Legends from our own lunchtimes

Monday, July 28, 2008


It's not as though the mother of our children was particularly harsh or hard to get along with, but it has to be said that there was a time when they were (occasionally) trying.

I suppose they were being teenagers really, or at least the eldest two of them were, and while the younger was lagging somewhat in the aging stakes, she was equally happy to oblige when it came to providing the occasional discordant note.

I arrived home late one night. Perhaps it wasn't late in the sense that it was later than usual, but it was late enough for the sun to have set some time ago, leaving the footpath in sufficient darkness that had it not been painted just exactly the right shade of white to reflect the first of the moon's rays I almost certainly would have tripped over the dishwasher.

After further thought, since the thing was glowing a dull yellow sort of colour that would be a pretty fair indication that it was a street light reflecting in it rather than the moon, but I didn't take too much notice at the time, being a little curious as to how a dishwasher had taken it upon itself to fall asleep on our nature strip.

The mystery became somewhat more perplexing as I entered the house, and couldn't help but notice that apart from a hole in the kitchen joinery which appeared to be exactly the shape and size of the appliance I had just met, the place was in a near deathly silence.

I'm not sure if it was the silence, my open mouth, or my countenance which to be fair was probably reflecting an entirely more confused self than the one which usually accompanied my arrival home from another challenging day in the office, but whatever the case, my arrival was greeted not with a welcoming hug, but with a sort of barked proclamation:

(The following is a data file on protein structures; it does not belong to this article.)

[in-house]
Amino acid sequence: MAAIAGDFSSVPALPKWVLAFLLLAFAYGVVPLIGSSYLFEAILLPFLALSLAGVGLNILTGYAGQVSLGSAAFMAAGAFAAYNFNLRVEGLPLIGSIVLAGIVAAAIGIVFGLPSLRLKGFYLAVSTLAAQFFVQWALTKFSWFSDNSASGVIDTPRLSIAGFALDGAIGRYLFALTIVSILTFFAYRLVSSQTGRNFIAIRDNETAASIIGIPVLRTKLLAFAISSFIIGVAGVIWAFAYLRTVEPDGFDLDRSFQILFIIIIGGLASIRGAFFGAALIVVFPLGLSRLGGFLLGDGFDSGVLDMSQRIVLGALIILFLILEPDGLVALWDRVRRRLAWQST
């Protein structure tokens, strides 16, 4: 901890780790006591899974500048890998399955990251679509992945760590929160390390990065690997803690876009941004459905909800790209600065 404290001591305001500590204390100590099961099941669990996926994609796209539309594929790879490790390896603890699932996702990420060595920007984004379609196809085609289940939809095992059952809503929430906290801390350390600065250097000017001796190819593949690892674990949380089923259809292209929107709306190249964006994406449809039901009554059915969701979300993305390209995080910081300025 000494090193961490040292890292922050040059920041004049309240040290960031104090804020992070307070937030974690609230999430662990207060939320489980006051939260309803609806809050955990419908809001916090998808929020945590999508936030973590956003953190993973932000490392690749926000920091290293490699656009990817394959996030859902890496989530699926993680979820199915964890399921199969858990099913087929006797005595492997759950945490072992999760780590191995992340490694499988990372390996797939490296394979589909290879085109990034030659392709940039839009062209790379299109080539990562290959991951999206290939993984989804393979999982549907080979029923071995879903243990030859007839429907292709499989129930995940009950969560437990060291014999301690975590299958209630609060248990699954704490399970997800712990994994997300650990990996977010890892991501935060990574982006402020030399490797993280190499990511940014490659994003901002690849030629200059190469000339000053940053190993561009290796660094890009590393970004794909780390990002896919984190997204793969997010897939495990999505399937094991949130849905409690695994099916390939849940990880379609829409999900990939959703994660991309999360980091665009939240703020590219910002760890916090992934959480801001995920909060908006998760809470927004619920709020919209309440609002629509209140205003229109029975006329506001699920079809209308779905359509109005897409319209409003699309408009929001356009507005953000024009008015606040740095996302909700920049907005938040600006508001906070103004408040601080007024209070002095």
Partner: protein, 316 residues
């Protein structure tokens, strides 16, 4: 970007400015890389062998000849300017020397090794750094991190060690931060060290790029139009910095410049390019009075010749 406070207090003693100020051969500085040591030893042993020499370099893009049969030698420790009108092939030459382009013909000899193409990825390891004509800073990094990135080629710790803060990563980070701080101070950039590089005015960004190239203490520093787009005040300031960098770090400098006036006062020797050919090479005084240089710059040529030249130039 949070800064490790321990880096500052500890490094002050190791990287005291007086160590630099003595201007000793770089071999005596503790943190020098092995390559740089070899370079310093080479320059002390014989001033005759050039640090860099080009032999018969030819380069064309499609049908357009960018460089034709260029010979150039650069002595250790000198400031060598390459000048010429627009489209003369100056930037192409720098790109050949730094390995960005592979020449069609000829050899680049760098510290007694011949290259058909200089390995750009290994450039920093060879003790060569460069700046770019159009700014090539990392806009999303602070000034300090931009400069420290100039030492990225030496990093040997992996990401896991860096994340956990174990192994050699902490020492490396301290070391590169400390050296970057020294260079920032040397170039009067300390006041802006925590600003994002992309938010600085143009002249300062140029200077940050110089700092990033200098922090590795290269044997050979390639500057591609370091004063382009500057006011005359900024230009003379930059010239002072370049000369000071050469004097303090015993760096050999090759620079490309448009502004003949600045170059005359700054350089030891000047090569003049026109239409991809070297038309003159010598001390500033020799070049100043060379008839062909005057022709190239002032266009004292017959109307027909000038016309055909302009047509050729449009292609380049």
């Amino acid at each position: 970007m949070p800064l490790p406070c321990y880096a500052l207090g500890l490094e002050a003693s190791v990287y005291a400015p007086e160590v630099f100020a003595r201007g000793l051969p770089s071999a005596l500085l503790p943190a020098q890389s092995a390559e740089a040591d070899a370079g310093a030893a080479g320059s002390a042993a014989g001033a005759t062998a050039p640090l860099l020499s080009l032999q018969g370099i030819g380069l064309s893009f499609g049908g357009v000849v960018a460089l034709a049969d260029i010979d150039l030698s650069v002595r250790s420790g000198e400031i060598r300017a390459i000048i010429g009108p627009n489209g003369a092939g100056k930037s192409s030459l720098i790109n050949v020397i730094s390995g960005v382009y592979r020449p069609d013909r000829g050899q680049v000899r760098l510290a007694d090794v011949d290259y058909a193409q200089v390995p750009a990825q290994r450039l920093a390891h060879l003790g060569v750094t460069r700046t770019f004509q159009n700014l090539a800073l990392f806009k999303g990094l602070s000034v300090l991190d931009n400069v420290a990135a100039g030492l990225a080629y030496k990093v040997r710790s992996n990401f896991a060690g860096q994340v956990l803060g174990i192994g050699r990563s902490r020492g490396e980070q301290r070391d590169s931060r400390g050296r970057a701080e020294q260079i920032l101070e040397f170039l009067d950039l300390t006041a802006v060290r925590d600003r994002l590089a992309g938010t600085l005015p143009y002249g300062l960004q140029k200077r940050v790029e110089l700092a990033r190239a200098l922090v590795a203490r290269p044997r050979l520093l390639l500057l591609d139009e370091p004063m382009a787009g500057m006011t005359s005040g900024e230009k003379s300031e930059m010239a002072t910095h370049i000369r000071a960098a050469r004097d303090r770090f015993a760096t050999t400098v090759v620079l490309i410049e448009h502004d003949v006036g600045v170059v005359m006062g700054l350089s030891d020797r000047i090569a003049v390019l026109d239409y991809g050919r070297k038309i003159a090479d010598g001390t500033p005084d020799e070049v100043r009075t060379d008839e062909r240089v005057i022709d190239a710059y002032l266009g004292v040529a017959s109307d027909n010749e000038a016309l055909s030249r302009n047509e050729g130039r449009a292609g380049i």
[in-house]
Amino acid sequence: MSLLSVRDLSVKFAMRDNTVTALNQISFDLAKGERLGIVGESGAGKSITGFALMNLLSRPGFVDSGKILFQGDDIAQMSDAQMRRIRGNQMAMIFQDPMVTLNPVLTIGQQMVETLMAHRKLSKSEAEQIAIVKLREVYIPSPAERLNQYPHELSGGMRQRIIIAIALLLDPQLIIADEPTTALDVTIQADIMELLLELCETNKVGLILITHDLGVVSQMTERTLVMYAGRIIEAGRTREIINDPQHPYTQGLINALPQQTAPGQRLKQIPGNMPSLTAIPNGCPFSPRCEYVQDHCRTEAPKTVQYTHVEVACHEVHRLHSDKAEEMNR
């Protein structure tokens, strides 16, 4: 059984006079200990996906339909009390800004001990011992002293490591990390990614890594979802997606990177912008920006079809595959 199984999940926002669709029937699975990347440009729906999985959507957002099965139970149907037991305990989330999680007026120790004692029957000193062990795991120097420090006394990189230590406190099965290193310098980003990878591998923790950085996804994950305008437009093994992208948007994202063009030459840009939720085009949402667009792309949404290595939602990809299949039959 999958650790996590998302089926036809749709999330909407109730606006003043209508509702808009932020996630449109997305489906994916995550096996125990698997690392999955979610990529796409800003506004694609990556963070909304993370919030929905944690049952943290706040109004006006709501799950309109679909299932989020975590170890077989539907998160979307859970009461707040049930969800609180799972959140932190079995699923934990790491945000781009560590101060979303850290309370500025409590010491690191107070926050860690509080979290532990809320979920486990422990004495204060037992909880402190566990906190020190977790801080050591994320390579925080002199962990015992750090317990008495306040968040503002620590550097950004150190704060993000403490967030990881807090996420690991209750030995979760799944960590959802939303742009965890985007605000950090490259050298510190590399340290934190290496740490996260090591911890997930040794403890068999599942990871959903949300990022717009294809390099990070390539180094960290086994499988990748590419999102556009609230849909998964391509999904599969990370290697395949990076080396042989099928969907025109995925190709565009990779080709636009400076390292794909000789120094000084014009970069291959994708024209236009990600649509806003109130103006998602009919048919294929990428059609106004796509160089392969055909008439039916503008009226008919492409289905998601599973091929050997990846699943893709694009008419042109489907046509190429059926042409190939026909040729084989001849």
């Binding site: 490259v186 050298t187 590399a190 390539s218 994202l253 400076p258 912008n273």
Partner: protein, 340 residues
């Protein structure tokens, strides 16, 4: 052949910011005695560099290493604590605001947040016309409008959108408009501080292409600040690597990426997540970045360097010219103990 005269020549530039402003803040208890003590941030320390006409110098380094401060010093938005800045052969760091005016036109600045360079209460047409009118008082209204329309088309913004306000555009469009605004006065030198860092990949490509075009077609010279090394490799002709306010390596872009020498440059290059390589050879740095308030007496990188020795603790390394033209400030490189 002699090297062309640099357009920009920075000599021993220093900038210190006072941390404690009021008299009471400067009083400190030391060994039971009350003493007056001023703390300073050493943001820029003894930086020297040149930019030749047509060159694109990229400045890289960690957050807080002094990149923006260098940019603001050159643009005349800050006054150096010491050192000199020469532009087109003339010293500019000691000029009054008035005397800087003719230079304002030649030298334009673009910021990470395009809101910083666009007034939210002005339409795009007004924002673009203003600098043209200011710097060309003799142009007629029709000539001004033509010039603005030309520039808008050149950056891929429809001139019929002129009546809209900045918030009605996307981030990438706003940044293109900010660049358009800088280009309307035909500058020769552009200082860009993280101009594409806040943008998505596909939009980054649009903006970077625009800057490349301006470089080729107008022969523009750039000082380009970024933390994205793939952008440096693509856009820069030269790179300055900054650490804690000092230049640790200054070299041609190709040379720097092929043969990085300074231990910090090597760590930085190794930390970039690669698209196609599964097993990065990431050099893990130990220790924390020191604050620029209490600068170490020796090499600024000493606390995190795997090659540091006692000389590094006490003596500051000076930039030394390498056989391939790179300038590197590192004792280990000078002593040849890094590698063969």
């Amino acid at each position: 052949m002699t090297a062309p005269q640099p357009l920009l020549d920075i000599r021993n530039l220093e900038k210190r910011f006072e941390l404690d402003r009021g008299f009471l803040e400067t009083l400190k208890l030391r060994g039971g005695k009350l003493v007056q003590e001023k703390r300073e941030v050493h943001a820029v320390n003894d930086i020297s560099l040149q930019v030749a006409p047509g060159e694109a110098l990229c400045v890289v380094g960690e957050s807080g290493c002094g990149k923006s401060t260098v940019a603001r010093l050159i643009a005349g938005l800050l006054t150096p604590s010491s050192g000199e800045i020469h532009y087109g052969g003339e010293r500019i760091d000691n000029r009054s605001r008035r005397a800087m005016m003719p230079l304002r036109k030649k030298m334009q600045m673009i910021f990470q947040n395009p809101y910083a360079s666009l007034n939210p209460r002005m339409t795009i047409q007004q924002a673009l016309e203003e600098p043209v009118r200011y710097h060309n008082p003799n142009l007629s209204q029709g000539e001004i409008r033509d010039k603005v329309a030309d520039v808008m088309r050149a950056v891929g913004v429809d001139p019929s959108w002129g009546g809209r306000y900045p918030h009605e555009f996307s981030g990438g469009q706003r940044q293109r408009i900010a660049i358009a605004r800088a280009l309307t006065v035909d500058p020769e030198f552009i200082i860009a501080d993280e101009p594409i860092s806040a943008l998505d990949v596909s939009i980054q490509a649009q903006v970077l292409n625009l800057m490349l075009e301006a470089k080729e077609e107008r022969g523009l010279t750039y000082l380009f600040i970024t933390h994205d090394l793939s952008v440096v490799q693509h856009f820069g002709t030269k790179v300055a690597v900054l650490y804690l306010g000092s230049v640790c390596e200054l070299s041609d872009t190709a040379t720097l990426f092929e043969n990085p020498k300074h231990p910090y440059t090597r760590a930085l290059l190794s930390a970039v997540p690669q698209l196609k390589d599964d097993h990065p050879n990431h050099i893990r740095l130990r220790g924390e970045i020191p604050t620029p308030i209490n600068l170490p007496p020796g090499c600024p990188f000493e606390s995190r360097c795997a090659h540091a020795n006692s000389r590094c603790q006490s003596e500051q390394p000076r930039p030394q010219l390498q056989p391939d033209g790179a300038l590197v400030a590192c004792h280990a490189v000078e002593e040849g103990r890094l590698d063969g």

"I've told them that if they didn't stack the dishwasher when I asked them, I'd get rid of it, and they could wash and dry up every meal," the voice said, in a tone and a volume that lead me to believe that either my beloved had reason to think I'd lost part, or perhaps all of my hearing during the day, or alternatively she may have been a tad unhappy about something.

Relieved that it was nothing I'd done, and anxious to ensure that it didn't become something I'd done, I expressed my wholehearted support for this splendid strategy, and set about ensuring that since it wasn't me that didn't stack the dishwasher, it shouldn't be me that washes up!

To be fair to all parties, following the events of this particular evening, the miscreants did indeed wash and dry for the next few years, until it was deemed that sufficient time had passed that perhaps dishwasher stacking could be looked forward to as a labour saving novelty.

When in due course a replacement machine was installed, it was treated with a new respect to which it soon became accustomed.

Ever since that day, to their eternal credit, while ever the young ladies in question were living with that particular machine, it was indeed regularly stacked and unstacked with something almost approaching enthusiasm, at least apparently, lest it should once more be subjected to eviction.

The question of whether the habits developed at that time remained with them beyond the bounds of that particular kitchen is a subject perhaps best left for a future post, although it is suffice to say that at the time of writing, as none of them currently own a dishwasher, the question is probably moot.


No comments

Blogger Template Created by pipdig